Window to the Past

28 May

100 words for Friday Fictioneers, a gathering of writers from institutes (of higher learning) around the world, based on the prompt below from Jennifer Pendergast, submitted for peer review and consideration for Dean Rochelle Wisoff-Fields’ list.

 

Pic-Tac-Toe(edit)_edited-2

 

Nine spaces. Seven-hundred-and-sixty-five essentially different positions. Twenty-six-thousand-eight hundred-thirty possible games absent rotations and reflections. From ancient Egypt and the verdant shores of the Nile to Tiberius’ Arch and scrawled remains of Terni Lapilli to Noughts and Crosses in London’s streets to Three Men’s Morris, the history of man is written small and large in its squares.

In the United States the very first game was contested in 1856 by my great-great-grandfather Alfred in the Theta Chi fraternity meeting hall above the main gate of Norwich College. He lost, (who hasn’t) but made it into the history books nonetheless. Playing tic-tac-toe.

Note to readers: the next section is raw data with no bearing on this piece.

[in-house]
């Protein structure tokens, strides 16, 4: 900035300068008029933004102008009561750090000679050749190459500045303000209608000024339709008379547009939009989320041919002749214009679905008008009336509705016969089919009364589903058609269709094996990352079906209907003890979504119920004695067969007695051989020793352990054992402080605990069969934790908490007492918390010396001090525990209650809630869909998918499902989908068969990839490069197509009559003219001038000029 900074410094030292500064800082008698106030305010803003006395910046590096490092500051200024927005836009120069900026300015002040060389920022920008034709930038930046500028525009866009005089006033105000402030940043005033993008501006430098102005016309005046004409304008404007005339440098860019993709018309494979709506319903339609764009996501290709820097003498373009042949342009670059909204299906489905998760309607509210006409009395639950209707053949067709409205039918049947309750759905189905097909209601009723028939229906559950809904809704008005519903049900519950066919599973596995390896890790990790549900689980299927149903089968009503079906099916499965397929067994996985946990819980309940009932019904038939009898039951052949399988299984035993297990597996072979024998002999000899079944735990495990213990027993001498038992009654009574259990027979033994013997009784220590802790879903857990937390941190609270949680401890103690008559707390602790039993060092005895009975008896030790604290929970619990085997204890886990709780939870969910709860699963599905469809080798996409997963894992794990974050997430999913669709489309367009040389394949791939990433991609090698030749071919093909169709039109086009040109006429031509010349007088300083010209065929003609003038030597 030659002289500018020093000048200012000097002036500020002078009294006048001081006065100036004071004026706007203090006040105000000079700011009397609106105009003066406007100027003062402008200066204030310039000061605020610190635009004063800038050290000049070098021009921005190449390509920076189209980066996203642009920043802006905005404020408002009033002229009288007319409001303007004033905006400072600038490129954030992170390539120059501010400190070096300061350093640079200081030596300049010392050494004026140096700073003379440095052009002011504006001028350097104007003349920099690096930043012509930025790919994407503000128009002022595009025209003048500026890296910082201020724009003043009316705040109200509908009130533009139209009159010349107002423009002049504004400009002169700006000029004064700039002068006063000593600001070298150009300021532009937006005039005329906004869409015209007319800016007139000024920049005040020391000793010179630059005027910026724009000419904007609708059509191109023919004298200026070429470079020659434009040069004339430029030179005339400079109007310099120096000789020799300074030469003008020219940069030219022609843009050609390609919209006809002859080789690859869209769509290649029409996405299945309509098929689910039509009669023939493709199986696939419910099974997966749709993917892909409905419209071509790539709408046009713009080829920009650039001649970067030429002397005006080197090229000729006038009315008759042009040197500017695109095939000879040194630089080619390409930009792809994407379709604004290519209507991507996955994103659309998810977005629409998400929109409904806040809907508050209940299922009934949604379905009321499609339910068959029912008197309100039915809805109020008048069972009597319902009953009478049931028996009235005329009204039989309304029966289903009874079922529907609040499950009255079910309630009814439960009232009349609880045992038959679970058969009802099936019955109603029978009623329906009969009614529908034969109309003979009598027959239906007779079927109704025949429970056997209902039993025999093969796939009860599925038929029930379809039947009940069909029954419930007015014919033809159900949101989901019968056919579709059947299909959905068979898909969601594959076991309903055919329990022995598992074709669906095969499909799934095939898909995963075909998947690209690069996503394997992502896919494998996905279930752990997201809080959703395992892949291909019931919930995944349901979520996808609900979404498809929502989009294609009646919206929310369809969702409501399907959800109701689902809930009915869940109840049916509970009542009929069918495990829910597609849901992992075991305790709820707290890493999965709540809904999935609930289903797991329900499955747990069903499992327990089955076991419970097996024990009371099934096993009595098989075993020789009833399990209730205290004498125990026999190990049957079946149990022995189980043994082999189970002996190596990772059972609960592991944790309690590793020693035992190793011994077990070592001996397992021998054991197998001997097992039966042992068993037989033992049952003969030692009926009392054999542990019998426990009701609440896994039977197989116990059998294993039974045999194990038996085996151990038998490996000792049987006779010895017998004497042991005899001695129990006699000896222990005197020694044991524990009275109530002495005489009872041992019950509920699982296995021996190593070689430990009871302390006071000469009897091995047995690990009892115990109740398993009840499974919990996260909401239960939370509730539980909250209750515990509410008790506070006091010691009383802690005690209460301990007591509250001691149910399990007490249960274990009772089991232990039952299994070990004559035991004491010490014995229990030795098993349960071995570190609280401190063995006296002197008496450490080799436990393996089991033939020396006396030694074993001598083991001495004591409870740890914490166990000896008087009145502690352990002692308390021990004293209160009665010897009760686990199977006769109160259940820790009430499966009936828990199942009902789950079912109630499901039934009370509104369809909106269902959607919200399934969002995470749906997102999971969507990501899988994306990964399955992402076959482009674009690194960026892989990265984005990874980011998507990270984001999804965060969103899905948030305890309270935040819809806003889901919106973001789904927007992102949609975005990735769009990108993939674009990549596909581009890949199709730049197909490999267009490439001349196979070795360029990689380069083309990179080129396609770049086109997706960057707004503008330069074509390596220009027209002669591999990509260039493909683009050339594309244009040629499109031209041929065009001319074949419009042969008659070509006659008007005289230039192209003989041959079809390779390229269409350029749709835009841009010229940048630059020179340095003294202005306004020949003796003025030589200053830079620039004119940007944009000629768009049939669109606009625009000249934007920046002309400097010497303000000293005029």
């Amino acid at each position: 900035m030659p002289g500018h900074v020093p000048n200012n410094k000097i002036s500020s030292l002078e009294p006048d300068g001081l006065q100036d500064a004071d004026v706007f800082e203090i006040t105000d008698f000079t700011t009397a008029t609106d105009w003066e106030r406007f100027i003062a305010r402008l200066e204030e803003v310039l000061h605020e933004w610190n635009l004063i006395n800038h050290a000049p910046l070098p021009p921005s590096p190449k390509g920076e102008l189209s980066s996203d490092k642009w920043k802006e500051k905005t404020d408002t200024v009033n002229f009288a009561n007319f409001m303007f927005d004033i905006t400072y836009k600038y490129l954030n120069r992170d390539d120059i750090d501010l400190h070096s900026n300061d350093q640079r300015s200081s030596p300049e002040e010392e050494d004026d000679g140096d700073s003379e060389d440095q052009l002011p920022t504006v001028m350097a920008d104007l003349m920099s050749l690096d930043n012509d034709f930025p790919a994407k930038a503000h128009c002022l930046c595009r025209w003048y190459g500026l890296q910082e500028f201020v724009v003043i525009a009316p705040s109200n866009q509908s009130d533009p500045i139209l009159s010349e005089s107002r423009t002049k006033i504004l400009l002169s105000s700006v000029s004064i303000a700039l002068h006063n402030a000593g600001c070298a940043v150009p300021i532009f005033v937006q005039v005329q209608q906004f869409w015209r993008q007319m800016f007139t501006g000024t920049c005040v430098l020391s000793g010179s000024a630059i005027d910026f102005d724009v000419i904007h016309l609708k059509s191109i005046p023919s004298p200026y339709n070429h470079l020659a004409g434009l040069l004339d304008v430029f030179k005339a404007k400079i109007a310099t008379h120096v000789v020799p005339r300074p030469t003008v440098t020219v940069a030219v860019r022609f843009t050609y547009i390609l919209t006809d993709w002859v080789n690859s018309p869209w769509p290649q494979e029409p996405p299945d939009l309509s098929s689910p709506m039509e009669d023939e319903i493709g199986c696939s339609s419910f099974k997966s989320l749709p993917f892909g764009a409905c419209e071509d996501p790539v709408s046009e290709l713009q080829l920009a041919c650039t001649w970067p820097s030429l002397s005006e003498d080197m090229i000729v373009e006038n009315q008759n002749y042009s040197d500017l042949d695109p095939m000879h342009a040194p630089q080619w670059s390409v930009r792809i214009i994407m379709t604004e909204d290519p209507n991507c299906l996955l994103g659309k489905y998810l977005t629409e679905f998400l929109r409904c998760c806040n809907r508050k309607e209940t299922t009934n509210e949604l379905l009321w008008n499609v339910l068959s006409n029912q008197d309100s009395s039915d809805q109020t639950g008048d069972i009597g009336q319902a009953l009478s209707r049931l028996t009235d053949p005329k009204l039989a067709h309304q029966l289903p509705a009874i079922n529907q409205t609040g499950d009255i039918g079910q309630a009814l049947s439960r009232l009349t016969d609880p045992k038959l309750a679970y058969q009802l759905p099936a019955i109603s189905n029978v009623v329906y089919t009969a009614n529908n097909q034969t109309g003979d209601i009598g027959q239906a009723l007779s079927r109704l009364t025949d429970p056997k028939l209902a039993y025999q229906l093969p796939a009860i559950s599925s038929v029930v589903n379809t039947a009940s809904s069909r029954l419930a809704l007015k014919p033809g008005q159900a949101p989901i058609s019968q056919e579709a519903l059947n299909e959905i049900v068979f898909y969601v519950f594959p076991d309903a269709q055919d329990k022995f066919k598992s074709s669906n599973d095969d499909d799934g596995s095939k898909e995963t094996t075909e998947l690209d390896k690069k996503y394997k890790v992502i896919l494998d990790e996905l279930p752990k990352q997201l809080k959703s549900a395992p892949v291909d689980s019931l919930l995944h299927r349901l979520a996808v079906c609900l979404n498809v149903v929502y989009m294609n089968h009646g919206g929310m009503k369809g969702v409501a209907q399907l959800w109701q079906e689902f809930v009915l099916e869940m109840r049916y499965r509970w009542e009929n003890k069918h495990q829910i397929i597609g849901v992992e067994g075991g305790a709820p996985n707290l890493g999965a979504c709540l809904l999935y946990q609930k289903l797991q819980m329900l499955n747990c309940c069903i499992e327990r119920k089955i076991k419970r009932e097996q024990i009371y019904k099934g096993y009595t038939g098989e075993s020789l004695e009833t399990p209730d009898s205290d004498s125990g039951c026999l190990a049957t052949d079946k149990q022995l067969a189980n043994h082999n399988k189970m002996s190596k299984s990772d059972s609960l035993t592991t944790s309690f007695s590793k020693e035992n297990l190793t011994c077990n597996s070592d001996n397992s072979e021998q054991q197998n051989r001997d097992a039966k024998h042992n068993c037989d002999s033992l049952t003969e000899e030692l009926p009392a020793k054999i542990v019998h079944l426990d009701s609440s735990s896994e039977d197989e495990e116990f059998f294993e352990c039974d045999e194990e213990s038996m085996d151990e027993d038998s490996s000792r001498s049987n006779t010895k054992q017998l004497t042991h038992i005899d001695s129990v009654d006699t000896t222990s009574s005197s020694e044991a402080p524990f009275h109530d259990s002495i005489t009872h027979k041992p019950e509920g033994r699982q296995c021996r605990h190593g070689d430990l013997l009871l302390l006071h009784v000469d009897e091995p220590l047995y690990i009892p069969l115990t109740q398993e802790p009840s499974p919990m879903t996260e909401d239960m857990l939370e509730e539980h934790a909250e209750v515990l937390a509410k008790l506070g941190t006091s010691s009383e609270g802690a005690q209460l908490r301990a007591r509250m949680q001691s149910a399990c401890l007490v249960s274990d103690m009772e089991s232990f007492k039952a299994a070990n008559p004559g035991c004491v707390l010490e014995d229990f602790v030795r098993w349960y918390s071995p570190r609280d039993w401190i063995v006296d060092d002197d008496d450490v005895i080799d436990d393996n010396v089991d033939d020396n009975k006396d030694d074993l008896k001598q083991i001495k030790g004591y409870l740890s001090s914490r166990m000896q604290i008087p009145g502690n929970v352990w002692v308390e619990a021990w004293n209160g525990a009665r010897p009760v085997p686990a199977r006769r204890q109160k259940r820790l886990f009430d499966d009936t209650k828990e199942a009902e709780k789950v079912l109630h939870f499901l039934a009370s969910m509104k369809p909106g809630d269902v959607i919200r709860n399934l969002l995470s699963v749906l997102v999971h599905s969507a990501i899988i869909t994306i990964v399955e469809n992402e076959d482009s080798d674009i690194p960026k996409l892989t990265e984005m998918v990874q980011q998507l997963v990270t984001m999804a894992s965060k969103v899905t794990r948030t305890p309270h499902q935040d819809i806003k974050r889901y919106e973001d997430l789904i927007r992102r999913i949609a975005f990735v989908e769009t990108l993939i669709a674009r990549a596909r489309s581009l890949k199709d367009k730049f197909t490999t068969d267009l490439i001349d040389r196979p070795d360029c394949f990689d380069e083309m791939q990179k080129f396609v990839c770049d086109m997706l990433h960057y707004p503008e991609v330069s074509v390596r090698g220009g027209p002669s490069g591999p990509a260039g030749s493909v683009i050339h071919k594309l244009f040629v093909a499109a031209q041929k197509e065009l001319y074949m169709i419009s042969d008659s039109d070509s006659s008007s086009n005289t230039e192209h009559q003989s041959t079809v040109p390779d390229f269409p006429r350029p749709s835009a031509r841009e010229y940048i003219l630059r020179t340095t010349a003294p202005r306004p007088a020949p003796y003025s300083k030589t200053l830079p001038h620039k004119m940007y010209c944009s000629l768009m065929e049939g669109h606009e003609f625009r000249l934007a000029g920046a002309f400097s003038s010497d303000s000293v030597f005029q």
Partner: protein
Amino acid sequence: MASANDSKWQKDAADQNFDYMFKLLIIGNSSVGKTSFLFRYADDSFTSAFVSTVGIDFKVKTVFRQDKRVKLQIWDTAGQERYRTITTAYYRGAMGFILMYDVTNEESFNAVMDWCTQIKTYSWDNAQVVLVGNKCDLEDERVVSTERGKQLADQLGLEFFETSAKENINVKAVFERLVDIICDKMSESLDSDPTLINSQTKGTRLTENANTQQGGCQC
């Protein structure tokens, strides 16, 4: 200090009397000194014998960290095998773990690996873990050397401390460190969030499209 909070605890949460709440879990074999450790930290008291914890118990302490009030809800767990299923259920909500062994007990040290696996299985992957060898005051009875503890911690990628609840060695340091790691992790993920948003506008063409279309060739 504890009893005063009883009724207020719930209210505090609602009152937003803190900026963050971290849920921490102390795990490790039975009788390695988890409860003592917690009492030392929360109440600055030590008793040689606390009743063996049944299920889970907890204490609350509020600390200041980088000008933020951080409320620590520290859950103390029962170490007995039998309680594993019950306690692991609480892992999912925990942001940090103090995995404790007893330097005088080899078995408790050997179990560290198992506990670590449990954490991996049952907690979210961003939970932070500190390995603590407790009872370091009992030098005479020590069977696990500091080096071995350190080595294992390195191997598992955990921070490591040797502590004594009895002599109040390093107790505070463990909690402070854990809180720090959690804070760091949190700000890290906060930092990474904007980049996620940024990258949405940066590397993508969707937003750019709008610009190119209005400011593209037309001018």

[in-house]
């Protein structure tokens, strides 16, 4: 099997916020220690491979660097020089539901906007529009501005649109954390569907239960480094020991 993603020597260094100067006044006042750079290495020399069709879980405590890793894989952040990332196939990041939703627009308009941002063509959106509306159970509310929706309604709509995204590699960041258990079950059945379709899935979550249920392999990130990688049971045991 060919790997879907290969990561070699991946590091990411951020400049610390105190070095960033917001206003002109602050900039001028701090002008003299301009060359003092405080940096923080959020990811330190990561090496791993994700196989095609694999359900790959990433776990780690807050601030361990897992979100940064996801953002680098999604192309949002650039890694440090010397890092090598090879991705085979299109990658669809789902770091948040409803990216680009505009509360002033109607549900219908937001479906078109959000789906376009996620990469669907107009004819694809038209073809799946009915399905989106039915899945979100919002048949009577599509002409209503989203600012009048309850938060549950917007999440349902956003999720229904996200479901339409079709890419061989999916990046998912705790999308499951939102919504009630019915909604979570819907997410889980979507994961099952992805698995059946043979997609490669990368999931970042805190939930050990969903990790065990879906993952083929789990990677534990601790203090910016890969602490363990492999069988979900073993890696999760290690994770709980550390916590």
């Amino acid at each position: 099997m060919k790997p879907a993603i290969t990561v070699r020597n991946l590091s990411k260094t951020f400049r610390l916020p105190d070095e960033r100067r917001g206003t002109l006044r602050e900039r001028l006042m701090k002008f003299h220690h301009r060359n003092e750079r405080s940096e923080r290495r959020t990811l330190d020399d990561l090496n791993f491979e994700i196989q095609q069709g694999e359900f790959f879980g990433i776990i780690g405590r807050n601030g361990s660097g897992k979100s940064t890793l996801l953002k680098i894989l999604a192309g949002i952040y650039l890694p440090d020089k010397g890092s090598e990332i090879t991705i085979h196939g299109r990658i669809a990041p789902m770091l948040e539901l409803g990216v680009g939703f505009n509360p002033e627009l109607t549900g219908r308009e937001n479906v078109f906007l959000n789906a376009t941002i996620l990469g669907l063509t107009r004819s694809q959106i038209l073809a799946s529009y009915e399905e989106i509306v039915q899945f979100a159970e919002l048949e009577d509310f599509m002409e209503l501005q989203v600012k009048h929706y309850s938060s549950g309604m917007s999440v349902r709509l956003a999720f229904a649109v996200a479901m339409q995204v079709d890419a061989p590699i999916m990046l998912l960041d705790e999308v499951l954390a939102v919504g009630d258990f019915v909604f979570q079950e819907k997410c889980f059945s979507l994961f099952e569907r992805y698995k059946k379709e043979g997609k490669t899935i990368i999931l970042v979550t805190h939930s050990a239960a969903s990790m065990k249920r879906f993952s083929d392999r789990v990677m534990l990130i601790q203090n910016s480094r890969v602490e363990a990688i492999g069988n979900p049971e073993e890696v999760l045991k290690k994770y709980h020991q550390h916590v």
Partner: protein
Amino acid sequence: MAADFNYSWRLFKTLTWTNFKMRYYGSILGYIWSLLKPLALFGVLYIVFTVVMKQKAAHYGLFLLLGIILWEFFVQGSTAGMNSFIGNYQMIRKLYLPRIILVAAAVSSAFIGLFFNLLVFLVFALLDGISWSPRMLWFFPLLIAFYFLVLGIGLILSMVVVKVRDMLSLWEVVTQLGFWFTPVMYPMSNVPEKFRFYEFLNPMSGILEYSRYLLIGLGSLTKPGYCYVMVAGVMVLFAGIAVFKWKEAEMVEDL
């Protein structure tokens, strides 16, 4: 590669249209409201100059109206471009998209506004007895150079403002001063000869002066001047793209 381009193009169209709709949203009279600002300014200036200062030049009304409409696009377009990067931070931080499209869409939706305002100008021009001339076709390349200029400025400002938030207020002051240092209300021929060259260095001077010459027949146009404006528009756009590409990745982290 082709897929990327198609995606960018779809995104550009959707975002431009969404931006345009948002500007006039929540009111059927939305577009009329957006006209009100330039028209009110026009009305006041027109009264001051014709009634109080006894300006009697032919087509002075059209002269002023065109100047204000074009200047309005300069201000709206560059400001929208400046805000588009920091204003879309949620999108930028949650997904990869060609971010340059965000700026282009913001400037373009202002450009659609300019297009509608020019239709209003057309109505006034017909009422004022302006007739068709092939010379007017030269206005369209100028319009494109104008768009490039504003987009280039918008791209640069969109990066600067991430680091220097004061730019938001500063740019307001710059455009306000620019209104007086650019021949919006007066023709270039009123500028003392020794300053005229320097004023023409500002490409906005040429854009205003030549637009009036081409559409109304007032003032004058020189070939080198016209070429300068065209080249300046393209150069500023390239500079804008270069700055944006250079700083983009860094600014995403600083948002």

Three Men Morris

Roman tic tac toe

 

.

41 Responses to “Window to the Past”

  1. rochellewisoff May 28, 2014 at 9:32 am #

    Dear Doug,

    It’s comforting to know that such a worthy endeavor as tic-tac-toe came from the seat of higher learning. As always you played the history card with panache.

    Shalom,

    Rochelle SD

    • dmmacilroy May 28, 2014 at 9:38 am #

      Dear Rochelle,

      Thank you for your kind comments. Here are some XXX’s and OOO’s for you.

      Aloha,

      Doug

  2. Gunn's Cabin Fever May 28, 2014 at 10:08 am #

    Ha! Enjoyed that very much – rich in information and humour!

    • dmmacilroy May 28, 2014 at 10:11 am #

      Hi Managua,

      Thanks for reading and commenting.

      Aloha,

      Doug

  3. wmqcolby May 28, 2014 at 12:11 pm #

    Very cool. I like the pictures, too! There’s something about the way you wrote this that really exposed symmetry and patterns, if that means anything.